There is an abundance of wildlife that depends on the Chicago River for food, shelter, and reproduction. As the quality of both the aquatic and riparian habitat improves, we can expect to see even more animals. When you walk along the river, keep your eyes open. The variety and location of wildlife can be surprising.
Learn about Friends' projects to create habitat for bats.
Please email your wildlife questions, stories, or images to email@example.com.
Mammals play important roles in the food webs of practically every ecosystem. They are herbivores, insectivores, carnivores and omnivores; and can be both predator and prey.
Many terrestrial mammals still have close ties to rivers. Herbivores such as mice, rabbits and deer are primary consumers, feeding on plant material and are eaten by numerous omnivores and carnivores. Omnivores such as moles, shrews, opossums, and raccoons feed on a wide variety of plant and animal matter. Carnivores such as foxes, coyotes, and bobcats feed on other animals and can be essential in the population control of other animals.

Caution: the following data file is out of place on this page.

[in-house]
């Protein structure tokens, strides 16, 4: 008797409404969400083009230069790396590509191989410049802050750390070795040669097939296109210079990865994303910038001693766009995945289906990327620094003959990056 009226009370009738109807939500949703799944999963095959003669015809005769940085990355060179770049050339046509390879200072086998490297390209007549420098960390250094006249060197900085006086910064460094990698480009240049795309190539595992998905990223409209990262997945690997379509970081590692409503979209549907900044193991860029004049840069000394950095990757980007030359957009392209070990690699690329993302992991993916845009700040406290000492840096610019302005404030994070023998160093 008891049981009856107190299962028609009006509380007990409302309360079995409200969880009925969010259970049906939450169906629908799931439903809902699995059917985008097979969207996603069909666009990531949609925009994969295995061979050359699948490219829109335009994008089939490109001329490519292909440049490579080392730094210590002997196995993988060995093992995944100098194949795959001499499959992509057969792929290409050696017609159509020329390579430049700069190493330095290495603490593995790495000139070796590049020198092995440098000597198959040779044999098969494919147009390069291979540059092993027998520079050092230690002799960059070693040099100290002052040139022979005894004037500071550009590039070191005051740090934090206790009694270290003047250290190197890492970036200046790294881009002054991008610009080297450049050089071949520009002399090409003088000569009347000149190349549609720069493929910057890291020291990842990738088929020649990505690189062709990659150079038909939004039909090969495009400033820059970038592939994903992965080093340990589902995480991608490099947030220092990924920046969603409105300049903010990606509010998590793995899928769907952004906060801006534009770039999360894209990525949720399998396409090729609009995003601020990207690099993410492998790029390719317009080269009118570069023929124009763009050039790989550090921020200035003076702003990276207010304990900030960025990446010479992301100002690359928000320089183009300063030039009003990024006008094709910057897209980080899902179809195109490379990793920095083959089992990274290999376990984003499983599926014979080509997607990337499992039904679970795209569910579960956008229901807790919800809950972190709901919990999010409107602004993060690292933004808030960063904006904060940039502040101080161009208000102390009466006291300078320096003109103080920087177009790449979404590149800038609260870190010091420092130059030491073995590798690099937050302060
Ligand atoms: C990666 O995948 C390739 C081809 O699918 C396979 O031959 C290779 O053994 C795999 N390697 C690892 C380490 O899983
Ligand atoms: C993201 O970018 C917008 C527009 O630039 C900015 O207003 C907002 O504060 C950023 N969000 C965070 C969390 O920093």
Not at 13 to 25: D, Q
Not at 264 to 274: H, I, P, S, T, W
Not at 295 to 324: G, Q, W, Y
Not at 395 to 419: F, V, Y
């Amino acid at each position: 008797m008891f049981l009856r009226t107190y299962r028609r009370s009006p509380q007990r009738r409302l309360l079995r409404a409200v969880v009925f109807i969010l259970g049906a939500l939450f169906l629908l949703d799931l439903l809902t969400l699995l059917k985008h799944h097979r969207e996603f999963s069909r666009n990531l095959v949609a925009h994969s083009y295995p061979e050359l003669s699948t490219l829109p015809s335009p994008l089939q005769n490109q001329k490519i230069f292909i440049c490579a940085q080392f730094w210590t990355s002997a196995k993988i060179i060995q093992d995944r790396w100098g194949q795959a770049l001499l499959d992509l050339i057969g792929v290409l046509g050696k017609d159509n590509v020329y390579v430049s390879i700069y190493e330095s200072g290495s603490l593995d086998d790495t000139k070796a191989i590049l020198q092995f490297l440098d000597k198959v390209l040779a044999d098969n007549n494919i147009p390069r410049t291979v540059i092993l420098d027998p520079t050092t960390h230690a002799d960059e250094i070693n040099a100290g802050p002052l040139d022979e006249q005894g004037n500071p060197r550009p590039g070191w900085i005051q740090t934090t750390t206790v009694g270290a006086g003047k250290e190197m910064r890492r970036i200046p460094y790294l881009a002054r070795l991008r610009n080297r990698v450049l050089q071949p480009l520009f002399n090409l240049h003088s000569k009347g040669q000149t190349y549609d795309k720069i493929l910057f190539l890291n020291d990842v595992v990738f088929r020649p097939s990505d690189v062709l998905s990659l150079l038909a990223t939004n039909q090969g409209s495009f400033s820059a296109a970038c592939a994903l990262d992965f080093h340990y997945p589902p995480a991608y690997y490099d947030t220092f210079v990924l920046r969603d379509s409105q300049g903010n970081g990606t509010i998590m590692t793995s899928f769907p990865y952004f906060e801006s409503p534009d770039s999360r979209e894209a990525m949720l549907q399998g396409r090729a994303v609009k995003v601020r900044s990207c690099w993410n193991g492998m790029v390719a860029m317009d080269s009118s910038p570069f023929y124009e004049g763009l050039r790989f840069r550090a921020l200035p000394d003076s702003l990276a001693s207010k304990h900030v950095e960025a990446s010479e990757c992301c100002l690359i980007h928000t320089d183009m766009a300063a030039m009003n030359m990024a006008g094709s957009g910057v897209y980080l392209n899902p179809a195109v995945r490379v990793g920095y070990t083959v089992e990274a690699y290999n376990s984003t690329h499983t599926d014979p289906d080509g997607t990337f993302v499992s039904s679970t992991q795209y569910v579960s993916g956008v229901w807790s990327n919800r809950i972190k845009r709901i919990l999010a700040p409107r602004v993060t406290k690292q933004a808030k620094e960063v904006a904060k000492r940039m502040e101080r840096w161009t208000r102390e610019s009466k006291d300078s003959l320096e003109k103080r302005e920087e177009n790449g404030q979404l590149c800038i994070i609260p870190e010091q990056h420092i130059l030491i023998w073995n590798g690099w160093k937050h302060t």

The University of Illinois Extension has a complete guide to the mammals of Illinois, most of which can be seen along the river. Some common mammals are highlighted below.
- Bats (12 species native to Illinois)
- Coyote (Canis latrans)
- Muskrat (Ondatra zibethicus)
- North American beaver (Castor canadensis)
- Raccoon (Procyon lotor)
- Red fox (Vulpes vulpes)
- River otter (Lontra canadensis)
- Striped skunk (Mephitis mephitis)
- White-tailed deer (Odocoileus virginianus)
- Ecology of the Chicago Region: Mammals
- Common Mammals
- River Life Stories: American mink, bobcat, coyote, groundhog, little brown bat, meadow vole, muskrat, North American beaver, red fox, river otter and Virginia opossum